About this Album
Originally released in 1981 as Savannah Rhythms: Music of Upper Volta
In order to provide a historical context for this recording, the liner notes that accompanied its original release have been reprinted in full below. The text has not been edited to reflect changes in general cultural perceptions or specific factual information that may have occurred since then.
A series of military coups in the late 1970s and early 1980s led to the rise of Captain Thomas Sankara as the leader of Upper Volta in 1983. A Marxist, Sankara worked towards domestic social and economic reform. At the same time, he severed connections to his country’s colonial past by aligning with Communist states abroad. Furthermore, in 1984, the name Upper Volta was shed in favor of Burkina Faso, which, through a combination of words in two of the country’s main languages, means “the land of incorruptible/upright men.”
Sankara was assassinated in 1987, allowing his closest ally, Captain Blaise Compaoré, to seize control. Through single- and multi-party elections in the 1990s, Compaoré and his party have maintained control of the government ever since. They have worked to reverse the trends set by his predecessor, seeking the assistance of the World Bank and the international community at large.
—Ed.Existing in the dry savannah plains, the people of Upper Volta dream of life-giving waters. Savannah grasslands in the south and central pert of the country give way to an ever- encroaching Sahara desert to the north. Upper Volta is one of the poorest countries in the world and the drought in the Sahel during the 1970s emphasized the fragility of Voltaic life and land.
Upper Volta is approximately the size of Colorado and supports six million people speaking over sixty different languages. Three major trade languages (Moore, Dioula and Fulbe representing the major cultural regions) provide continuity in travel through a myriad of diverse cultures. The black, white and red tributaries of the Volta River (hence the country’s name) drain through the country and converge in Ghana to the south. The economy is based on subsistence farming and livestock herding. Lacking substantial industry, Voltaics leave for Ivory Coast every year to seek temporary employment. The country gained its independence from the French in 1960 and presently exists under military leadership.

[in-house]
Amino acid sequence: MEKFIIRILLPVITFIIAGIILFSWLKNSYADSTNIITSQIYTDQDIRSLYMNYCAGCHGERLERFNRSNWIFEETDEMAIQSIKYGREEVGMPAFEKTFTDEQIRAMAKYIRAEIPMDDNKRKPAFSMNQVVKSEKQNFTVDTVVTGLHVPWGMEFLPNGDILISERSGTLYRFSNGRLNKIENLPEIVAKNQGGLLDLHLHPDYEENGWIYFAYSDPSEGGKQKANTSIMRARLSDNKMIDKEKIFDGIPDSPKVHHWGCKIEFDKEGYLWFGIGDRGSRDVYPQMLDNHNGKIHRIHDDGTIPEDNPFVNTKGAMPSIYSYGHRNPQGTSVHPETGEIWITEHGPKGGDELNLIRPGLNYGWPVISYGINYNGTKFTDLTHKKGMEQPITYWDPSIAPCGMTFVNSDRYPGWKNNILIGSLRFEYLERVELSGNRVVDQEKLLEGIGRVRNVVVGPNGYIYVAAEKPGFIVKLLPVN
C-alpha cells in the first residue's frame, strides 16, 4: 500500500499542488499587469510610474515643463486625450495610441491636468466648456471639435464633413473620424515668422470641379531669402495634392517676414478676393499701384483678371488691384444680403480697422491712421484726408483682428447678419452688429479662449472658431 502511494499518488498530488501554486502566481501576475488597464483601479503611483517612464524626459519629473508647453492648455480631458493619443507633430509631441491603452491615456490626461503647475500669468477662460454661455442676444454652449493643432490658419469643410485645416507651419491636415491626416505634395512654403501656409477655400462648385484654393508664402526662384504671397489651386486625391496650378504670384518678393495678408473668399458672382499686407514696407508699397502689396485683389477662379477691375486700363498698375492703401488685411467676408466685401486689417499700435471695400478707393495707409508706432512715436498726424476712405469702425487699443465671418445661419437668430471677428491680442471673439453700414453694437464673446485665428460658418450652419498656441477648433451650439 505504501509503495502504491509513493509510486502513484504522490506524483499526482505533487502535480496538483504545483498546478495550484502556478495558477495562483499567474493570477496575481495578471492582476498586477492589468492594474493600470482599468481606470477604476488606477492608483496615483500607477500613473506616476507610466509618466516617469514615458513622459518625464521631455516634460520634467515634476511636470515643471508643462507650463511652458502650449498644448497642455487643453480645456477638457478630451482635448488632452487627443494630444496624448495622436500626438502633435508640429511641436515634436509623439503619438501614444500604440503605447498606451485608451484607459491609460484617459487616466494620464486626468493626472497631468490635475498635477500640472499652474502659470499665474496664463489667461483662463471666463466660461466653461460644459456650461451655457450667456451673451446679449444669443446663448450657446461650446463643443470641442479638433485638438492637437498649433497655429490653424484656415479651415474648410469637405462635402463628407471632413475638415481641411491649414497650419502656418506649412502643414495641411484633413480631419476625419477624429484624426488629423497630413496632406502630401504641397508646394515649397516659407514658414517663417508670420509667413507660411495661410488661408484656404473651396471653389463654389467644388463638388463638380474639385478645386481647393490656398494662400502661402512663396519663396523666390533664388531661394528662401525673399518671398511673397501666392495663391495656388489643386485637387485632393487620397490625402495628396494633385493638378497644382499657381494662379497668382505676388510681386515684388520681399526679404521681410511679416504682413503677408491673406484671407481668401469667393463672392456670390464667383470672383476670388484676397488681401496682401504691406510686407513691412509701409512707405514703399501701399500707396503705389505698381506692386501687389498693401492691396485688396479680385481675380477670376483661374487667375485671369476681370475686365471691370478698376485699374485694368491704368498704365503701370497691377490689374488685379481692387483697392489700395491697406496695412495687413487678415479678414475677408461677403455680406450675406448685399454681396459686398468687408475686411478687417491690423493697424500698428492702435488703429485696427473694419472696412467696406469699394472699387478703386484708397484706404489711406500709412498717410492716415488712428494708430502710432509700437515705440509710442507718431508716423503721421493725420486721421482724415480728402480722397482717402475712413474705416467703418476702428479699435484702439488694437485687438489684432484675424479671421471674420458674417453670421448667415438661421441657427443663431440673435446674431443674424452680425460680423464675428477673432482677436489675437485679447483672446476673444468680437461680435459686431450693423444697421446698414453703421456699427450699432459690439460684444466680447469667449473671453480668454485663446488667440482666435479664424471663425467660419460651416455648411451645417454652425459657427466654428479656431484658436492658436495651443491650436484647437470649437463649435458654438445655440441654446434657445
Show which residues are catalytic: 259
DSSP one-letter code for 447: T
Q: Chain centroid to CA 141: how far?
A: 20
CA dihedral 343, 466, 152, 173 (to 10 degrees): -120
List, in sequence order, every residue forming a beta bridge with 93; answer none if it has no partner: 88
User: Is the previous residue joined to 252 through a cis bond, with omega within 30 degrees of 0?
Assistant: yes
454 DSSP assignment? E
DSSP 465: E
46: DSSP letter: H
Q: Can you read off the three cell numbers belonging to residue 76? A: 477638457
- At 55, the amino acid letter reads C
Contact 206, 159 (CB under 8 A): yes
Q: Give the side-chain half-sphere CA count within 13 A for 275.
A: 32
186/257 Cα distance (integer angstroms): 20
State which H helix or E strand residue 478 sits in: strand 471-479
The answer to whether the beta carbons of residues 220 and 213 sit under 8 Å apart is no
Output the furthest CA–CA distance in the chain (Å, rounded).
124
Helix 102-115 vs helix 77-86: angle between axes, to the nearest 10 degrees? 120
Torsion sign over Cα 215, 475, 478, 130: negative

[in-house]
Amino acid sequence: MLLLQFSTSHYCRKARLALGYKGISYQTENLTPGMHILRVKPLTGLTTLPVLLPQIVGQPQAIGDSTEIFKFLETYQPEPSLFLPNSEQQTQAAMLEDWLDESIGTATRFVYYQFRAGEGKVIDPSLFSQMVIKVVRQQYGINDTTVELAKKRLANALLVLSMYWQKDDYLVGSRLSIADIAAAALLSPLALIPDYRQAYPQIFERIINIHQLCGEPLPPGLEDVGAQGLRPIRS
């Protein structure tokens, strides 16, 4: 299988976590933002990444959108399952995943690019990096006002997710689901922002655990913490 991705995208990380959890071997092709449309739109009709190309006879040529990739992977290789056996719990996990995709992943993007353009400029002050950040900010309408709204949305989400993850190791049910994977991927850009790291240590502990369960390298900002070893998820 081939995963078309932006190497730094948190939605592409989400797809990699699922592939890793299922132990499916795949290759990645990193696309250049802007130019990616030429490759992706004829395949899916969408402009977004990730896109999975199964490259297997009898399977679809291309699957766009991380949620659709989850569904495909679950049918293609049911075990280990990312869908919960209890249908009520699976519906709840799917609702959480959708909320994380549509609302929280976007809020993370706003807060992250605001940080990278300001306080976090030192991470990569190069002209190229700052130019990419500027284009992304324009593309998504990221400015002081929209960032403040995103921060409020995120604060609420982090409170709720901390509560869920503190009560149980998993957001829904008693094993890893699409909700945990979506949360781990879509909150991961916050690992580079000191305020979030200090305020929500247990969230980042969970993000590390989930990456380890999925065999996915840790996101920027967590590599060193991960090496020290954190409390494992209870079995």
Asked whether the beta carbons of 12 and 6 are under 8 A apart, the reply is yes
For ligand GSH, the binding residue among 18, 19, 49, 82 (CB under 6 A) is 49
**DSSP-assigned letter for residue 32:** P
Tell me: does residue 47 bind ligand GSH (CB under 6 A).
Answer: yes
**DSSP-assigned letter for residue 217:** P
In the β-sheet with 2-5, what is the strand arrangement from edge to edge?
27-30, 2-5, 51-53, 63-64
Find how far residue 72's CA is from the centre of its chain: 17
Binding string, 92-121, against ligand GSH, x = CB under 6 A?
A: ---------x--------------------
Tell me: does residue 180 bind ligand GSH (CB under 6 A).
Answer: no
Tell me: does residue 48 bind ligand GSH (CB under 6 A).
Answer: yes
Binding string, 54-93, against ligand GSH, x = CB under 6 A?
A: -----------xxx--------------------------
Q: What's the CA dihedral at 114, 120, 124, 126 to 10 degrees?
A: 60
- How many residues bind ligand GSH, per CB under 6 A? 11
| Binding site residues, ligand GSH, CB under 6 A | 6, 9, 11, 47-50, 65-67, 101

The music of Upper Volta is as varied and rich as its people. The sixty different ethnic groups all maintain unique repertoires of music and dance. Songs and dances reflect traditional life and preserve the solidarity of the tribe. This album samples each of the three major cultural regions: Voltaic in the central and east; Mande in the west and southwest; and the nomadic Fulani to the north.
African music is rarely played for its own sake; an African musician plays “with” people, not “for” them. Music plays an integral role in the celebration of life’s many rituals and accompanies everyday activities. Music is extremely important to the agricultural cycle with field cultivation, harvest and winnowing of millet performed to the rhythm of the drums. Mossi women sing complaints of their husbands as they grind millet grain. The younger boys whistle and croon softly as they wander the silent savannah with cattle and goats. Griots recite history of the people, places and events of the community. They sing praise songs to arouse loyalty in the listener. Certain instruments can even “talk” by imitating the tonal patterns characteristic of Voltaic languages. African life and music are one.
- KATHLEEN JOHNSON, 1981
Recorded 1973–1975 in Upper Volta by Kathleen Johnson
Editing: John Howell, Library of Congress
Mastered by Terry Dunavan, Elektra Sound Recorders
Coordinator: Keith Holzman
Re-mastered by Robert C. Ludwig
Design by Doyle Partners
Photography by Magnum Photos